7 Plumbing Tools You Should Not Live Without!

Alright. Roll call.

No matter if you’re an amateur or professional, there are certain tools that every plumber cannot do without.The right tools will help you solve all kinds of common plumbing problems. Trust us: as plumbing professionals serving homes across Montana — including Bozeman, Billings, Great Falls and beyond — we’ve seen just about everything. So consider this list a preventative measure. For those of you looking to add to your toolbox, here are seven plumbing tools you should run out and get immediately.

1. Plunger

Plumbing tools: plunger for clearing clogs in sinks, tubs, showers, and toilets

Call it what you want: a plunger, a force cup, a plumber’s friend, the grandaddy of plumbing tools. It’s the first thing you think of when you think of plumbing — and for good reason. This bad boy clears clogs in sinks, tubs, showers, and toilets.

There are actually two main kinds of plungers:

  • Cup Plunger: although this is probably the plunger you have in your house, cup plungers work best on flat surfaces. For this reason, they are most effective for clearing clogs in sinks, tubs, and showers.
  • Flange Plunger: this kind of plunger has the flexibility to fit in odd places — like a toilet bowl. In addition to the cup section of the plunger, a soft rubber flap folds out from inside the cup to provide form-fitting suction.

No one knows who invented the toilet plunger (or if they do, it’s a family secret). It’s been around for centuries, though, and it’d take a brave soul to live without a plunger in your home.

2. Pipe wrench

Plumbing tools: pipe wrench for tightening and loosening threaded pipes, fittings, and nuts

The pipe wrench is another classic tool for plumbing. Adjustable and armed with hardened serrated teeth, this heavy-duty wrench is effective for tightening and loosening threaded pipes, fittings, and nuts.

When using a pipe wrench, it’s helpful to keep the following tips in mind:

  • When dealing with disassembled pipes, it’s much easier to have two pipe wrenches handy — one to twist, and one to hold.
  • To prevent unsightly scratches to your pipe fixtures, muzzle your wrench by wrapping its teeth in an old cloth.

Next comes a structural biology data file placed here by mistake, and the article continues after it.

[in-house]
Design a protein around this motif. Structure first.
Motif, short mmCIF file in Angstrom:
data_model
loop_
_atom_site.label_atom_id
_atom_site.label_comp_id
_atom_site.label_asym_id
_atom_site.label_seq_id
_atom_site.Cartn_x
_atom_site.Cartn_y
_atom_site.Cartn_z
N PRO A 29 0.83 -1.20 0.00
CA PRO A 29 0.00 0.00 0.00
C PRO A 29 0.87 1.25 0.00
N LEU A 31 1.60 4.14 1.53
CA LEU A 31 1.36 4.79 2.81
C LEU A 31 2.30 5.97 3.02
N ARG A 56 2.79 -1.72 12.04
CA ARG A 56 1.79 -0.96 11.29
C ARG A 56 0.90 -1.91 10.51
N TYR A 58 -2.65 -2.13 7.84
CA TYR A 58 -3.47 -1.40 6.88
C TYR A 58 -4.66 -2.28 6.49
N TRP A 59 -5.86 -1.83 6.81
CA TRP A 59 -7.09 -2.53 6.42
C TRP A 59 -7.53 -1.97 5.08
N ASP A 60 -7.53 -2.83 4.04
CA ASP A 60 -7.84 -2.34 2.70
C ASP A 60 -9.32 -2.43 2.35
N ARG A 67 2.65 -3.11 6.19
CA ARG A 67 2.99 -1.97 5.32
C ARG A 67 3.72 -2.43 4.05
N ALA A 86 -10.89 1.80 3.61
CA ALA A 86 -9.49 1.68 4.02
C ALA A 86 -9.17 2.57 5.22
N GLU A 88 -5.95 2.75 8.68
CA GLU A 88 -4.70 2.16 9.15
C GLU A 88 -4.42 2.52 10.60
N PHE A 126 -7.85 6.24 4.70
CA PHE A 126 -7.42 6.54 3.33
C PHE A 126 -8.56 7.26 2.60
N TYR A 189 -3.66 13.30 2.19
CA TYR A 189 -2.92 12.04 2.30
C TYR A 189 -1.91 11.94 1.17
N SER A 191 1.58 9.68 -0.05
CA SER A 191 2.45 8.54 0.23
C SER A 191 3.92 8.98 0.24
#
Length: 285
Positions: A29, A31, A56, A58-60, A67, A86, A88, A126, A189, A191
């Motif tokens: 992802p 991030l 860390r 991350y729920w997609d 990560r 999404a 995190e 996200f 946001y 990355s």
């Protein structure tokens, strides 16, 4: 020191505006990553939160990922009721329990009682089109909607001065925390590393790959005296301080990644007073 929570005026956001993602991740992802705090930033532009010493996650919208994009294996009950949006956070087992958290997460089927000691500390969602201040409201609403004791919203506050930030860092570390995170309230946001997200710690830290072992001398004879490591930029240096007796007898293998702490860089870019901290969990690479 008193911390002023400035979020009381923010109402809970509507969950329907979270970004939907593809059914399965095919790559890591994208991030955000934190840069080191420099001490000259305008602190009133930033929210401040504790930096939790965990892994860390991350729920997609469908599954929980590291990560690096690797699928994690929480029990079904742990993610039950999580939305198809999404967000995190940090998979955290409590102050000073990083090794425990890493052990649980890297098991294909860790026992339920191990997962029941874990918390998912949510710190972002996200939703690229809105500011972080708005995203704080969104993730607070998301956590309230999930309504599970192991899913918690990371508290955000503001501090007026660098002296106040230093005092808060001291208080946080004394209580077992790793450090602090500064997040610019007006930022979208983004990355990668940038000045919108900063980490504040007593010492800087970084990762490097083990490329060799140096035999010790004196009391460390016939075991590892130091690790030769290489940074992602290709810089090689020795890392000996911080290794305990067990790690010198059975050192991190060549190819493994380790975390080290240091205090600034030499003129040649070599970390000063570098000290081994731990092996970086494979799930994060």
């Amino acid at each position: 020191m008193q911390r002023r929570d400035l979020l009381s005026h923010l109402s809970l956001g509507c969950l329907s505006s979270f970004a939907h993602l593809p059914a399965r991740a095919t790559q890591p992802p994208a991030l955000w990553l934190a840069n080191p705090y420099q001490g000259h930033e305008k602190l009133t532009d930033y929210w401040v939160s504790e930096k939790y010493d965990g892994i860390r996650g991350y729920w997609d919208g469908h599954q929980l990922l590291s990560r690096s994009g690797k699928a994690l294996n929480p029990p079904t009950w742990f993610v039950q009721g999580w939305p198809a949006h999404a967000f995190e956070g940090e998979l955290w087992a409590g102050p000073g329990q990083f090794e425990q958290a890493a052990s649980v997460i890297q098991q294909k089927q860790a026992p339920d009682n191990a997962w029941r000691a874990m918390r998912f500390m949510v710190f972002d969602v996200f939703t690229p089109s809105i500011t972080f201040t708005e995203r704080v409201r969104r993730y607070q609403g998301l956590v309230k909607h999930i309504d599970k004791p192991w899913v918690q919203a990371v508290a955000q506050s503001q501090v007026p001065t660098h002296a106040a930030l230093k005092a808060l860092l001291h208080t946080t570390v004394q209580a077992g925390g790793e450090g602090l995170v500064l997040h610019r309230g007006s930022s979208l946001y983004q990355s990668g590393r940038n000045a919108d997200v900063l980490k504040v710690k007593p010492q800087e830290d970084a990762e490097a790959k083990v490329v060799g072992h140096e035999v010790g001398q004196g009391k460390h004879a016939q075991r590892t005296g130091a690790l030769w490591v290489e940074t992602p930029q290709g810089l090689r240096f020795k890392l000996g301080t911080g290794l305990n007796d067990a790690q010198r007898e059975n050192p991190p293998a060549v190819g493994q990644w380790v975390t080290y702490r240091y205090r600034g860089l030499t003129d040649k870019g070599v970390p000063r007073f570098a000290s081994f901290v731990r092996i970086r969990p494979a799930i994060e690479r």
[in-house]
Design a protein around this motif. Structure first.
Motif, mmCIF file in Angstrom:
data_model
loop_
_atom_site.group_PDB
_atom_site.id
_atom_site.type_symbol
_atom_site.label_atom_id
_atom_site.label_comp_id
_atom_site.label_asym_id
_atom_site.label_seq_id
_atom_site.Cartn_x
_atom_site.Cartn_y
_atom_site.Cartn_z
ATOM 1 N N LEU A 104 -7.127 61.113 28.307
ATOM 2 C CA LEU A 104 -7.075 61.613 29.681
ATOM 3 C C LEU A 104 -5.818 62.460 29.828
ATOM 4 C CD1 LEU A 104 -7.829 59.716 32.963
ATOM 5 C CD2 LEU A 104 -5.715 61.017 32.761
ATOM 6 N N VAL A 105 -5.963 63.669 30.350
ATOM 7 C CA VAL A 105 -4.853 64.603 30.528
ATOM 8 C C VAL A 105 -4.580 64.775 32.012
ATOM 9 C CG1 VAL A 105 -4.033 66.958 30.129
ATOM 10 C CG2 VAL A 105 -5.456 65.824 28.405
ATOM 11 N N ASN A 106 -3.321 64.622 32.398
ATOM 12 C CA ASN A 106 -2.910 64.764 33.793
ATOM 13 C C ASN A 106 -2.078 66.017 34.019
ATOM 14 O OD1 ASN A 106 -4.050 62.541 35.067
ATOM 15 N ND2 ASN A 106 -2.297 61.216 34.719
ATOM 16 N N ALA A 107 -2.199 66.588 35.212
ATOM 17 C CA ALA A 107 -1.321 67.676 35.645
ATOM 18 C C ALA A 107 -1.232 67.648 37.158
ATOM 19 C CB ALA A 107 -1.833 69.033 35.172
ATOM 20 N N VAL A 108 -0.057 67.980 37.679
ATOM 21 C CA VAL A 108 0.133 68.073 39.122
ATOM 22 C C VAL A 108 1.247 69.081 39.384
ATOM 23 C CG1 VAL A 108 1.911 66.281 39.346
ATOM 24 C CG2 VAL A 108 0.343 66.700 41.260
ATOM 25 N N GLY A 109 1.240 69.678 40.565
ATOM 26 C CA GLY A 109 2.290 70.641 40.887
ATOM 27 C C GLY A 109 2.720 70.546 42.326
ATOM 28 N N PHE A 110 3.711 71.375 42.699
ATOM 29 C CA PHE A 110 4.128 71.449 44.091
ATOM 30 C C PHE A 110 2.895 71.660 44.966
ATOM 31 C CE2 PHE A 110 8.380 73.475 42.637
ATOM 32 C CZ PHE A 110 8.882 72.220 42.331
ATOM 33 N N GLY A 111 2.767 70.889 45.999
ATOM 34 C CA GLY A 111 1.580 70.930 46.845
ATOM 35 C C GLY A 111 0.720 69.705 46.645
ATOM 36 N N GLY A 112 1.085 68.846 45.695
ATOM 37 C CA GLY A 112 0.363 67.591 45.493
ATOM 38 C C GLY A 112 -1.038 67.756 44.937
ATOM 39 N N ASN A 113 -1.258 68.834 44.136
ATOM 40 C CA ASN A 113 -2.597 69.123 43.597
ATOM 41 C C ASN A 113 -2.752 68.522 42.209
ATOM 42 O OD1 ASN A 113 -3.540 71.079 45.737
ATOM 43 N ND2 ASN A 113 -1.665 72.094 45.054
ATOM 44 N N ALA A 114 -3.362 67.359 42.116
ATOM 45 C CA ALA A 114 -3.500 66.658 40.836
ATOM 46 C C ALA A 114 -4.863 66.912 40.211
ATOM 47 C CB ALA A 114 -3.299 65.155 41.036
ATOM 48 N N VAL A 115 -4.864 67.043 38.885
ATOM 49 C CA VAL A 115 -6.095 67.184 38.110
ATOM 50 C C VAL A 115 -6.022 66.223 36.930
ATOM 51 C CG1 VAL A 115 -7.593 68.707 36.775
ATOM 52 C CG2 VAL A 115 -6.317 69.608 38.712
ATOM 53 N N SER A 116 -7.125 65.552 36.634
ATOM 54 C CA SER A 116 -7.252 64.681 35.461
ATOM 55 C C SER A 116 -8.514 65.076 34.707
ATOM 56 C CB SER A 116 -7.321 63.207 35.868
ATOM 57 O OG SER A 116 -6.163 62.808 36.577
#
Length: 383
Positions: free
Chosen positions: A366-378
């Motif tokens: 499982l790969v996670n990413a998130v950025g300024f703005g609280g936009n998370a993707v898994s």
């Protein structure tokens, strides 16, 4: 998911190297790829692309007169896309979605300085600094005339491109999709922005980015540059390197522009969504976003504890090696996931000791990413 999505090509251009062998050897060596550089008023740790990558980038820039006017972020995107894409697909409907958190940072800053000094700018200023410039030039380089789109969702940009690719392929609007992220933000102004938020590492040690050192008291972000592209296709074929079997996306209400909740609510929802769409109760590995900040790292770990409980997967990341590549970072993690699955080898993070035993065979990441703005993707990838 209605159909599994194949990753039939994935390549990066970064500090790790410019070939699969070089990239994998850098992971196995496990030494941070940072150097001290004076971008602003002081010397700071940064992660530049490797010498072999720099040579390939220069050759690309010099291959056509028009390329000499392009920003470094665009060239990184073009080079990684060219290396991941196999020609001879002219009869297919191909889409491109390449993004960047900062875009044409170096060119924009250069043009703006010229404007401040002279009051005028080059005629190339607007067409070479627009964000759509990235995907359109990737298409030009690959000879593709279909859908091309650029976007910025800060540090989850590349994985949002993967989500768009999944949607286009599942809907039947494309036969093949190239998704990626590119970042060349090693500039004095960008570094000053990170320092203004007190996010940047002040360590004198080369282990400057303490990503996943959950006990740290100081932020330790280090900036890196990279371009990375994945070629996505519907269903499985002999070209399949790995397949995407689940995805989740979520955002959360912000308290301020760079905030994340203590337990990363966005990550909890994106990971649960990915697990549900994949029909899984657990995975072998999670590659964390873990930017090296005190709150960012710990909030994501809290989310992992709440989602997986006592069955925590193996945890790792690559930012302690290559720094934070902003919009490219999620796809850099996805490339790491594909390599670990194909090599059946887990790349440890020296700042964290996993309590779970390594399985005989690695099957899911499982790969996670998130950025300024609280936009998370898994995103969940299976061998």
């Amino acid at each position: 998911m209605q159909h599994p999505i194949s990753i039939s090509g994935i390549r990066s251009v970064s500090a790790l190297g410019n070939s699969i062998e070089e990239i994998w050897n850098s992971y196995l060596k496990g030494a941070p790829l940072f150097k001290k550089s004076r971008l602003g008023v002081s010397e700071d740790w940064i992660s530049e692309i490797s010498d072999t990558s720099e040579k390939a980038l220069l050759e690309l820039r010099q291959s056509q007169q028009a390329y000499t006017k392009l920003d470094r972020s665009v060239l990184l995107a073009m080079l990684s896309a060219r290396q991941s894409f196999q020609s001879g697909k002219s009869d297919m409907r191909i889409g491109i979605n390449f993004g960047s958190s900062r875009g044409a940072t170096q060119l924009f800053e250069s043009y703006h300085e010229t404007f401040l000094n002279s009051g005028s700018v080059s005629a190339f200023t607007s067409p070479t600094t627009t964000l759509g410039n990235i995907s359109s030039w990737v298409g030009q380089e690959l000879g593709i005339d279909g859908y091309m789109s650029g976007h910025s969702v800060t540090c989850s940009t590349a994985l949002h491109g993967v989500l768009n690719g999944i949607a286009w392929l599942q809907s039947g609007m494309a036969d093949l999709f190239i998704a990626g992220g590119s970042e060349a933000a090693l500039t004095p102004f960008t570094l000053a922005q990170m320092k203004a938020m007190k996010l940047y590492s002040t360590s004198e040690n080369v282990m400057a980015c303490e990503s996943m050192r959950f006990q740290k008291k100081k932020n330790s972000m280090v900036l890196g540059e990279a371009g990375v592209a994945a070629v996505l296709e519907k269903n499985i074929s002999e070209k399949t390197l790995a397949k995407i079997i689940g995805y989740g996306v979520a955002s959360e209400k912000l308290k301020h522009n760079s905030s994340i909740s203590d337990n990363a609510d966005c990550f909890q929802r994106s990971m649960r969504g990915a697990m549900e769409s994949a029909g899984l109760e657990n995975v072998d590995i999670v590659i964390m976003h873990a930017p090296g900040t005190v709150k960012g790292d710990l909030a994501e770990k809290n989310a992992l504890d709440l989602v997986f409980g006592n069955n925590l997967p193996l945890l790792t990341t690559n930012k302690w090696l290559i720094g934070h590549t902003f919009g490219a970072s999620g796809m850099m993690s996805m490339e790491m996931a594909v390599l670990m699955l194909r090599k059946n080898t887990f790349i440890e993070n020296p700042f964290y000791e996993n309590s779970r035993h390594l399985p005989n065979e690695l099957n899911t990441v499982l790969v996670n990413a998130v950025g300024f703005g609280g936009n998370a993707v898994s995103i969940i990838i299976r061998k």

3. Basin wrench

Plumbing tools: basin wrench for tightening and loosening nuts

A basin wrench, also called a sink wrench, is a must-have for working in confined spaces (which, when you’re plumbing, is pretty much a given). This wrench looks more like a claw than a wrench — but with its extra long handle and swiveling clamp at the end, you can reach near-impossible places. The basin wrench’s jaw can pivot to be perpendicular to the handle, allowing you to tighten or loosen hard-to-reach nuts and bolts.

In other words, you’ll need this funky-looking tool. Your sink will thank you for it.

4. Tongue-and-groove pliers

Plumbing tools: tongue-and-groove pliers for grabbing, pulling, twisting, holding, tightening, and loosening

Tongue-and-groove pliers are your do-everything tool. Grab, twist, pull, hold, tighten, or loosen — you name it, this pair of pliers can do it. The slip-joint allows the serrated jaws to go extra wide and extra narrow, making these pliers effective for a wide variety of nuts, bolts, and pipe fittings. If you’re just starting out with your toolbox of plumbing tools, these pliers are a good start.

5. Adjustable wrench

Plumbing tools: adjustable wrench for tightening and loosening hexagonal-shaped nuts

You may already have this wrench in your toolbox. If you do, then you know that an adjustable wrench is essential for all plumbing parts with hexagonal-shaped nuts, like supply lines and compression fittings. If you don’t have this wrench, then go out and get one now. Seriously. We’ll wait.

To be truly prepared for all kinds of plumbing encounters, you should two sizes of adjustable wrenches: a six-inch and a 10-inch will keep you covered.

6. Metal file

Plumbing tools: metal file for smoothing the edges of cut metal pipes

If you’re the ambitious kind of DIY plumber who’s cutting metal pipes, then you’ll want to smooth those sawed edges with a metal file. While it’s relatively straight-forward, you’ll want different file sizes to ensure you get the job done right:

  • Half-round file: this versatile file is suited for both flat and round surfaces.
  • Rat-tail file: this file is round and tapered, making it effective for enlarging circular holes and slots.

7. Hacksaw

Plumbing tools: hacksaw for cutting plastic and metal

You’ll feel a bit silly owning a metal file without having a hacksaw in your toolbox. This saw has all kinds of uses, from cutting through metal pipes, screws, nuts, and bolts to cutting through PVC. A piece of advice for all you hacksawers? When making tough cuts, the blade should be tense in the frame (and having extra blades will come in handy).

8. Bonus Tool: Your Phone

There are some problems that can’t be easily solved with DIY plumbing. For those “uh oh” moments, give us a call and we’ll be there to help you out.

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